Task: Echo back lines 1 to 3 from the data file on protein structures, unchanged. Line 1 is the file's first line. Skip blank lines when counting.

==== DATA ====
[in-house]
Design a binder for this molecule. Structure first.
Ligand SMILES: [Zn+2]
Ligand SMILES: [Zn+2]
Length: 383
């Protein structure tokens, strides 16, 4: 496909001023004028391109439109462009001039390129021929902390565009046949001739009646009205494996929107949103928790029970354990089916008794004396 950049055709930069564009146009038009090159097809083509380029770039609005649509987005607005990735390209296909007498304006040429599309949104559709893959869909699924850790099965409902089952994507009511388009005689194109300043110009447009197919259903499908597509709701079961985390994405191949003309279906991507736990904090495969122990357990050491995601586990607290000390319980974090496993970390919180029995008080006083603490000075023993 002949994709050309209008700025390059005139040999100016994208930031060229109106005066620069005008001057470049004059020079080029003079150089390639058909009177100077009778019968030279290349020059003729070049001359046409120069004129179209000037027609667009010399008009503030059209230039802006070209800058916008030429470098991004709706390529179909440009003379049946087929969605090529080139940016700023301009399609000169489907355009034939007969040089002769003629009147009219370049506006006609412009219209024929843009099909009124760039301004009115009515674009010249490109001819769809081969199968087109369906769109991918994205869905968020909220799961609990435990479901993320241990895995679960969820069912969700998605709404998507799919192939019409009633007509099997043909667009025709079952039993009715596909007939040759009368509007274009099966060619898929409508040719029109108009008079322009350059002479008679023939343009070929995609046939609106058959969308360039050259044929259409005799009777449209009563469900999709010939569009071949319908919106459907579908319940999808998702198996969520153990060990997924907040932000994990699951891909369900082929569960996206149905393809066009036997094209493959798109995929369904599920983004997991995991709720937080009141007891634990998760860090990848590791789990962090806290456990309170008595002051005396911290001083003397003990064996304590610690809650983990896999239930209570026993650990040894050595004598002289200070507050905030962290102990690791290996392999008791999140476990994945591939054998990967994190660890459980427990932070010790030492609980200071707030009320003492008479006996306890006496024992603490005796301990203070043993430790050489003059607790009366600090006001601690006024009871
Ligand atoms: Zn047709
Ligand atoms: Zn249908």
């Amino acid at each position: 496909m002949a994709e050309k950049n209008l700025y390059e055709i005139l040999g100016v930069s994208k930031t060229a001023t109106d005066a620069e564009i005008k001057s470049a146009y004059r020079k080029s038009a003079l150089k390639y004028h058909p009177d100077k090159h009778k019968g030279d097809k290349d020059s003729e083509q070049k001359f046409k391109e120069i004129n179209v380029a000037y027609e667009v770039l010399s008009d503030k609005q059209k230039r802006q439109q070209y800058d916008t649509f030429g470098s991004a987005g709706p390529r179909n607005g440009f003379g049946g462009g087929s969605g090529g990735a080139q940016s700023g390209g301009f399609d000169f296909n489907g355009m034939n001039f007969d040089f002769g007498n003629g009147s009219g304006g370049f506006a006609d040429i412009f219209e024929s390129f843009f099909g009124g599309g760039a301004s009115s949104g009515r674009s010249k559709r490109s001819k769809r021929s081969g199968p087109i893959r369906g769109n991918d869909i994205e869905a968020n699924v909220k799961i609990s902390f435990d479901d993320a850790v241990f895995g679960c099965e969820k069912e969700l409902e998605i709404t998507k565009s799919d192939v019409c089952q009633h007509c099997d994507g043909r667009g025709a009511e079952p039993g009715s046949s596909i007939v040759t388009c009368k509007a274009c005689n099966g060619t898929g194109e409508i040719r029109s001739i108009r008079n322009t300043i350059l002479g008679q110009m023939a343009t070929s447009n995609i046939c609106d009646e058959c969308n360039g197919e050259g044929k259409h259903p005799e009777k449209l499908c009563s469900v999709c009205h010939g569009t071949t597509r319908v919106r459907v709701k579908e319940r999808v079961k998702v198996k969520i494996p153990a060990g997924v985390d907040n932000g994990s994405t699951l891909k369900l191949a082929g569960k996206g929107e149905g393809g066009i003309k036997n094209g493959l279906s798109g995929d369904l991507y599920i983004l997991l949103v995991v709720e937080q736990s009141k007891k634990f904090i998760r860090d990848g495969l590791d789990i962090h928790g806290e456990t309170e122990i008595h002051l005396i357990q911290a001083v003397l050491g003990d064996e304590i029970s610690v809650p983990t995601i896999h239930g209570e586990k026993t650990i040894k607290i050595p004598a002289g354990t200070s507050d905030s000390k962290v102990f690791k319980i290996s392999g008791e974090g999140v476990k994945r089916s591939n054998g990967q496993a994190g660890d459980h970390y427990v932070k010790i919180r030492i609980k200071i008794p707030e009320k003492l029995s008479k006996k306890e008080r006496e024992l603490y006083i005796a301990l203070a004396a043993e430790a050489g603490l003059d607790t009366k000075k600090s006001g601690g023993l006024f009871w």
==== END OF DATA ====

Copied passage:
[in-house]
Design a binder for this molecule. Structure first.
Ligand SMILES: [Zn+2]